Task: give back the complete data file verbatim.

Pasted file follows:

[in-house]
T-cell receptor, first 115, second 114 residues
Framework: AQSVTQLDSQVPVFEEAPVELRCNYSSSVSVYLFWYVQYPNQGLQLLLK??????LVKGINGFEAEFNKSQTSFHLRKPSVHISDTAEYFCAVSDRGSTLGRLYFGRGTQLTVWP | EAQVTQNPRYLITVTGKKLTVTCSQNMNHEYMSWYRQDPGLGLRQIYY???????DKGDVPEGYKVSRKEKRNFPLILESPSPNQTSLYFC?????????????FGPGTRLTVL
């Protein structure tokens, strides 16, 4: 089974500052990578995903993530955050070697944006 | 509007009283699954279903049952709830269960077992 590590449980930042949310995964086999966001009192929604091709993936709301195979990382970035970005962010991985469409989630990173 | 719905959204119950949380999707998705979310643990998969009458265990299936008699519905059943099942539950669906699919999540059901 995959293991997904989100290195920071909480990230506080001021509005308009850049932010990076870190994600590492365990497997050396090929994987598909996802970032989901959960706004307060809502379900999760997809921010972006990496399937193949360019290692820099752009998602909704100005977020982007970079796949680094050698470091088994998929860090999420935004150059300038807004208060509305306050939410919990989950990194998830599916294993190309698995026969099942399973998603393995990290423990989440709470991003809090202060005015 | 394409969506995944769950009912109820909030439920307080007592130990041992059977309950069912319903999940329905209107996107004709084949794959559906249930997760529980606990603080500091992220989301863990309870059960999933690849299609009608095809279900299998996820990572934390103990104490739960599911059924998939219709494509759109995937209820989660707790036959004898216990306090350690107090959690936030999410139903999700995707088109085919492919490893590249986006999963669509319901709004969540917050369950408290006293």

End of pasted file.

[in-house]
T-cell receptor, first 115, second 114 residues
Framework: AQSVTQLDSQVPVFEEAPVELRCNYSSSVSVYLFWYVQYPNQGLQLLLK??????LVKGINGFEAEFNKSQTSFHLRKPSVHISDTAEYFCAVSDRGSTLGRLYFGRGTQLTVWP | EAQVTQNPRYLITVTGKKLTVTCSQNMNHEYMSWYRQDPGLGLRQIYY???????DKGDVPEGYKVSRKEKRNFPLILESPSPNQTSLYFC?????????????FGPGTRLTVL
């Protein structure tokens, strides 16, 4: 089974500052990578995903993530955050070697944006 | 509007009283699954279903049952709830269960077992 590590449980930042949310995964086999966001009192929604091709993936709301195979990382970035970005962010991985469409989630990173 | 719905959204119950949380999707998705979310643990998969009458265990299936008699519905059943099942539950669906699919999540059901 995959293991997904989100290195920071909480990230506080001021509005308009850049932010990076870190994600590492365990497997050396090929994987598909996802970032989901959960706004307060809502379900999760997809921010972006990496399937193949360019290692820099752009998602909704100005977020982007970079796949680094050698470091088994998929860090999420935004150059300038807004208060509305306050939410919990989950990194998830599916294993190309698995026969099942399973998603393995990290423990989440709470991003809090202060005015 | 394409969506995944769950009912109820909030439920307080007592130990041992059977309950069912319903999940329905209107996107004709084949794959559906249930997760529980606990603080500091992220989301863990309870059960999933690849299609009608095809279900299998996820990572934390103990104490739960599911059924998939219709494509759109995937209820989660707790036959004898216990306090350690107090959690936030999410139903999700995707088109085919492919490893590249986006999963669509319901709004969540917050369950408290006293």